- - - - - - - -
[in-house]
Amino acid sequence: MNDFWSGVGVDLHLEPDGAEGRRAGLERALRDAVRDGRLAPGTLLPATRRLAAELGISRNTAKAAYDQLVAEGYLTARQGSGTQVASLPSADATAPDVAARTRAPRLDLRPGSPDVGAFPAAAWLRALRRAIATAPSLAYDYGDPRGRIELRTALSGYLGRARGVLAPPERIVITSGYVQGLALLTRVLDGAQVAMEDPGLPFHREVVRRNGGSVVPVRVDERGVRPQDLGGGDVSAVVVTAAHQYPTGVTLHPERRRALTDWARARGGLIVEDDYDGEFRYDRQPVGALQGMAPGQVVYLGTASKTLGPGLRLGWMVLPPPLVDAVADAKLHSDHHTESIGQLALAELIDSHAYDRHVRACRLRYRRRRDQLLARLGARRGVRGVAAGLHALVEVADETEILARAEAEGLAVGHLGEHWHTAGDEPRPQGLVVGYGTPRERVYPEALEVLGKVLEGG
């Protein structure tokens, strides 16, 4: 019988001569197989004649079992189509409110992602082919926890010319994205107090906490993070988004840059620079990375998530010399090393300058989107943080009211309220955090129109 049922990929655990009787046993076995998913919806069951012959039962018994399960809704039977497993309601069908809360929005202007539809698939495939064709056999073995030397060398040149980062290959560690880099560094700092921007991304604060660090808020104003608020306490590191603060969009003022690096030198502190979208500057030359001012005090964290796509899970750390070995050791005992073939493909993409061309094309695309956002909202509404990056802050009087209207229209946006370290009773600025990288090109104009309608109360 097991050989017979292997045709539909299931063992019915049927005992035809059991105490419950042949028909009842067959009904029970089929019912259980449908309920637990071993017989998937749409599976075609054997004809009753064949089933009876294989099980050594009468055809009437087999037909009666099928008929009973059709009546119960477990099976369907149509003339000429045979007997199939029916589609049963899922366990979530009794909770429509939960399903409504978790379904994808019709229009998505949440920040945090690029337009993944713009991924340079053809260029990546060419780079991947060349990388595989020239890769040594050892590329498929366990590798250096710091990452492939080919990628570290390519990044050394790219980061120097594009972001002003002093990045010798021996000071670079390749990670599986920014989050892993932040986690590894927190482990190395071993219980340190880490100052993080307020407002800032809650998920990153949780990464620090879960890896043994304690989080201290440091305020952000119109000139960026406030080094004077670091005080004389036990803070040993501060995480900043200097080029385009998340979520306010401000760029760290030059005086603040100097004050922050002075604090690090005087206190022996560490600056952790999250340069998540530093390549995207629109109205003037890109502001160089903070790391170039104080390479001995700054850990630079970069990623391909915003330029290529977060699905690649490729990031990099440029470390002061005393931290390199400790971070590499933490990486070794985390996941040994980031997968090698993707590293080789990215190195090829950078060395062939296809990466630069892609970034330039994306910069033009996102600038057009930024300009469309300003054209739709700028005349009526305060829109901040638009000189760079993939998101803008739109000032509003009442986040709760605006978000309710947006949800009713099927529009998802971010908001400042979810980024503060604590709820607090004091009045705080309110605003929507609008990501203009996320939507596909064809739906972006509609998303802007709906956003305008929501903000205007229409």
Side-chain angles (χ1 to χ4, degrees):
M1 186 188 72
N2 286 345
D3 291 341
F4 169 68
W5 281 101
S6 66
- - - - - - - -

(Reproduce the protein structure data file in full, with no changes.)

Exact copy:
[in-house]
Amino acid sequence: MNDFWSGVGVDLHLEPDGAEGRRAGLERALRDAVRDGRLAPGTLLPATRRLAAELGISRNTAKAAYDQLVAEGYLTARQGSGTQVASLPSADATAPDVAARTRAPRLDLRPGSPDVGAFPAAAWLRALRRAIATAPSLAYDYGDPRGRIELRTALSGYLGRARGVLAPPERIVITSGYVQGLALLTRVLDGAQVAMEDPGLPFHREVVRRNGGSVVPVRVDERGVRPQDLGGGDVSAVVVTAAHQYPTGVTLHPERRRALTDWARARGGLIVEDDYDGEFRYDRQPVGALQGMAPGQVVYLGTASKTLGPGLRLGWMVLPPPLVDAVADAKLHSDHHTESIGQLALAELIDSHAYDRHVRACRLRYRRRRDQLLARLGARRGVRGVAAGLHALVEVADETEILARAEAEGLAVGHLGEHWHTAGDEPRPQGLVVGYGTPRERVYPEALEVLGKVLEGG
């Protein structure tokens, strides 16, 4: 019988001569197989004649079992189509409110992602082919926890010319994205107090906490993070988004840059620079990375998530010399090393300058989107943080009211309220955090129109 049922990929655990009787046993076995998913919806069951012959039962018994399960809704039977497993309601069908809360929005202007539809698939495939064709056999073995030397060398040149980062290959560690880099560094700092921007991304604060660090808020104003608020306490590191603060969009003022690096030198502190979208500057030359001012005090964290796509899970750390070995050791005992073939493909993409061309094309695309956002909202509404990056802050009087209207229209946006370290009773600025990288090109104009309608109360 097991050989017979292997045709539909299931063992019915049927005992035809059991105490419950042949028909009842067959009904029970089929019912259980449908309920637990071993017989998937749409599976075609054997004809009753064949089933009876294989099980050594009468055809009437087999037909009666099928008929009973059709009546119960477990099976369907149509003339000429045979007997199939029916589609049963899922366990979530009794909770429509939960399903409504978790379904994808019709229009998505949440920040945090690029337009993944713009991924340079053809260029990546060419780079991947060349990388595989020239890769040594050892590329498929366990590798250096710091990452492939080919990628570290390519990044050394790219980061120097594009972001002003002093990045010798021996000071670079390749990670599986920014989050892993932040986690590894927190482990190395071993219980340190880490100052993080307020407002800032809650998920990153949780990464620090879960890896043994304690989080201290440091305020952000119109000139960026406030080094004077670091005080004389036990803070040993501060995480900043200097080029385009998340979520306010401000760029760290030059005086603040100097004050922050002075604090690090005087206190022996560490600056952790999250340069998540530093390549995207629109109205003037890109502001160089903070790391170039104080390479001995700054850990630079970069990623391909915003330029290529977060699905690649490729990031990099440029470390002061005393931290390199400790971070590499933490990486070794985390996941040994980031997968090698993707590293080789990215190195090829950078060395062939296809990466630069892609970034330039994306910069033009996102600038057009930024300009469309300003054209739709700028005349009526305060829109901040638009000189760079993939998101803008739109000032509003009442986040709760605006978000309710947006949800009713099927529009998802971010908001400042979810980024503060604590709820607090004091009045705080309110605003929507609008990501203009996320939507596909064809739906972006509609998303802007709906956003305008929501903000205007229409």
Side-chain angles (χ1 to χ4, degrees):
M1 186 188 72
N2 286 345
D3 291 341
F4 169 68
W5 281 101
S6 66